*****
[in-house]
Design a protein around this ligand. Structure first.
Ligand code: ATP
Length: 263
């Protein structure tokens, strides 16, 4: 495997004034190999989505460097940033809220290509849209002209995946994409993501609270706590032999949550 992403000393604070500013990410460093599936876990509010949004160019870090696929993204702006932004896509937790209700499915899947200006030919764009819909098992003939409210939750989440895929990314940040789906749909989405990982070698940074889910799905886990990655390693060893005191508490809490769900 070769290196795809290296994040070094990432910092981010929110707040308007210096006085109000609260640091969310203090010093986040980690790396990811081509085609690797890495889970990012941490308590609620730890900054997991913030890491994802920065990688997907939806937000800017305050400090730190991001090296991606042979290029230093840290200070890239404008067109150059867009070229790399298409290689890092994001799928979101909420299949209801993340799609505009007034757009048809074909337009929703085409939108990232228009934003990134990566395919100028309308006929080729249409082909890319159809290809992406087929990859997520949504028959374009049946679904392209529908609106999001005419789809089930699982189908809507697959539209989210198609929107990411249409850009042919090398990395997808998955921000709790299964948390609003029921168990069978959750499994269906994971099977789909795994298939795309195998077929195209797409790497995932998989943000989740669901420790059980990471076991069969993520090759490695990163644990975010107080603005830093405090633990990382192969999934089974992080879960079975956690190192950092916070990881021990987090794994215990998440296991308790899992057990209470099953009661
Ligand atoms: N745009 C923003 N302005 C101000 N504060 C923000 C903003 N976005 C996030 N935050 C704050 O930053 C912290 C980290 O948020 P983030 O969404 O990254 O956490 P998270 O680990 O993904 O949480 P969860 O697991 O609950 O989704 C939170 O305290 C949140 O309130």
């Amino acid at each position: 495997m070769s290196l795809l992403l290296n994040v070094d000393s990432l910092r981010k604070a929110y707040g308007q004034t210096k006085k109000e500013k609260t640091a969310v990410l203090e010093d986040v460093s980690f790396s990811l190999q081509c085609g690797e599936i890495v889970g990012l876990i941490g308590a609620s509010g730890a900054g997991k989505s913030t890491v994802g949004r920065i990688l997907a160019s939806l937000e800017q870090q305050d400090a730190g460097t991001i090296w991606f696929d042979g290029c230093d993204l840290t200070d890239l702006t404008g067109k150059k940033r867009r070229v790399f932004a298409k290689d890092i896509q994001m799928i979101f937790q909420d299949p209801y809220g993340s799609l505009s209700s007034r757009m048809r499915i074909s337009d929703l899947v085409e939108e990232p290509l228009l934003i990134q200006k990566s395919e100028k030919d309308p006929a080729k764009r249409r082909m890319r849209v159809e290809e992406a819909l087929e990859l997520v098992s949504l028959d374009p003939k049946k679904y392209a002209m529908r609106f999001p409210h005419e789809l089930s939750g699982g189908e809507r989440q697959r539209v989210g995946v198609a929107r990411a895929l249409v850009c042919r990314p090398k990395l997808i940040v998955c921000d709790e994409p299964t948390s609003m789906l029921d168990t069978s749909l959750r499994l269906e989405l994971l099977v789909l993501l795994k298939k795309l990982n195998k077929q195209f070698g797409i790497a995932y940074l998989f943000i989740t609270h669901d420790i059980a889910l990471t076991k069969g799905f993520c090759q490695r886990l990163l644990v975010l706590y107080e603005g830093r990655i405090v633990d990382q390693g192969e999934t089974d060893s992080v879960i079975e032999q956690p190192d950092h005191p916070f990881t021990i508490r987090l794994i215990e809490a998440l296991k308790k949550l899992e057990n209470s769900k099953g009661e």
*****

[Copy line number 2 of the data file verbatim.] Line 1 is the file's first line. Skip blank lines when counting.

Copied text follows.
Design a protein around this ligand. Structure first.